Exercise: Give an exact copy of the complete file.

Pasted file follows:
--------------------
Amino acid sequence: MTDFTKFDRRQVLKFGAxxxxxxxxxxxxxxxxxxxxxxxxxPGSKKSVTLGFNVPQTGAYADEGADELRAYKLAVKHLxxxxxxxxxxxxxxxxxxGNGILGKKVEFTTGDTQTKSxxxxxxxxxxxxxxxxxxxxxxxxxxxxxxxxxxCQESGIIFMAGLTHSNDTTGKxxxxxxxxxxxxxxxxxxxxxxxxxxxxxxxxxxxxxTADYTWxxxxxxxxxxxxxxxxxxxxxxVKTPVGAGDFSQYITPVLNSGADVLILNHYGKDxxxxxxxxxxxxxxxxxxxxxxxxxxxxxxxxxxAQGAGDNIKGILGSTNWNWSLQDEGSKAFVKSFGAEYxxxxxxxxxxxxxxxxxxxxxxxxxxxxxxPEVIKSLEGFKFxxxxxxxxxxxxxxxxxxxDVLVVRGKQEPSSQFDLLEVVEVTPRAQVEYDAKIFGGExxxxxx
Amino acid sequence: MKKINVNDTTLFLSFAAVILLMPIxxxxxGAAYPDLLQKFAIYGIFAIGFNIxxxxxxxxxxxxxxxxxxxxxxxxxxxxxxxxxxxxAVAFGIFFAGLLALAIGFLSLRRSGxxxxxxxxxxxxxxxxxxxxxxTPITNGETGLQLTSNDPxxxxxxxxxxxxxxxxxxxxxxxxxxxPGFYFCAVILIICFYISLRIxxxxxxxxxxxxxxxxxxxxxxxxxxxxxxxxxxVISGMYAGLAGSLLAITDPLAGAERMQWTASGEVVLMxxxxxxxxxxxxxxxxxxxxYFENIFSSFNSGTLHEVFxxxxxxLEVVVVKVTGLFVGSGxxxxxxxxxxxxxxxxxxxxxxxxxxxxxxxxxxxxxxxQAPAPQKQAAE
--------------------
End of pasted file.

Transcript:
Amino acid sequence: MTDFTKFDRRQVLKFGAxxxxxxxxxxxxxxxxxxxxxxxxxPGSKKSVTLGFNVPQTGAYADEGADELRAYKLAVKHLxxxxxxxxxxxxxxxxxxGNGILGKKVEFTTGDTQTKSxxxxxxxxxxxxxxxxxxxxxxxxxxxxxxxxxxCQESGIIFMAGLTHSNDTTGKxxxxxxxxxxxxxxxxxxxxxxxxxxxxxxxxxxxxxTADYTWxxxxxxxxxxxxxxxxxxxxxxVKTPVGAGDFSQYITPVLNSGADVLILNHYGKDxxxxxxxxxxxxxxxxxxxxxxxxxxxxxxxxxxAQGAGDNIKGILGSTNWNWSLQDEGSKAFVKSFGAEYxxxxxxxxxxxxxxxxxxxxxxxxxxxxxxPEVIKSLEGFKFxxxxxxxxxxxxxxxxxxxDVLVVRGKQEPSSQFDLLEVVEVTPRAQVEYDAKIFGGExxxxxx
Amino acid sequence: MKKINVNDTTLFLSFAAVILLMPIxxxxxGAAYPDLLQKFAIYGIFAIGFNIxxxxxxxxxxxxxxxxxxxxxxxxxxxxxxxxxxxxAVAFGIFFAGLLALAIGFLSLRRSGxxxxxxxxxxxxxxxxxxxxxxTPITNGETGLQLTSNDPxxxxxxxxxxxxxxxxxxxxxxxxxxxPGFYFCAVILIICFYISLRIxxxxxxxxxxxxxxxxxxxxxxxxxxxxxxxxxxVISGMYAGLAGSLLAITDPLAGAERMQWTASGEVVLMxxxxxxxxxxxxxxxxxxxxYFENIFSSFNSGTLHEVFxxxxxxLEVVVVKVTGLFVGSGxxxxxxxxxxxxxxxxxxxxxxxxxxxxxxxxxxxxxxxQAPAPQKQAAE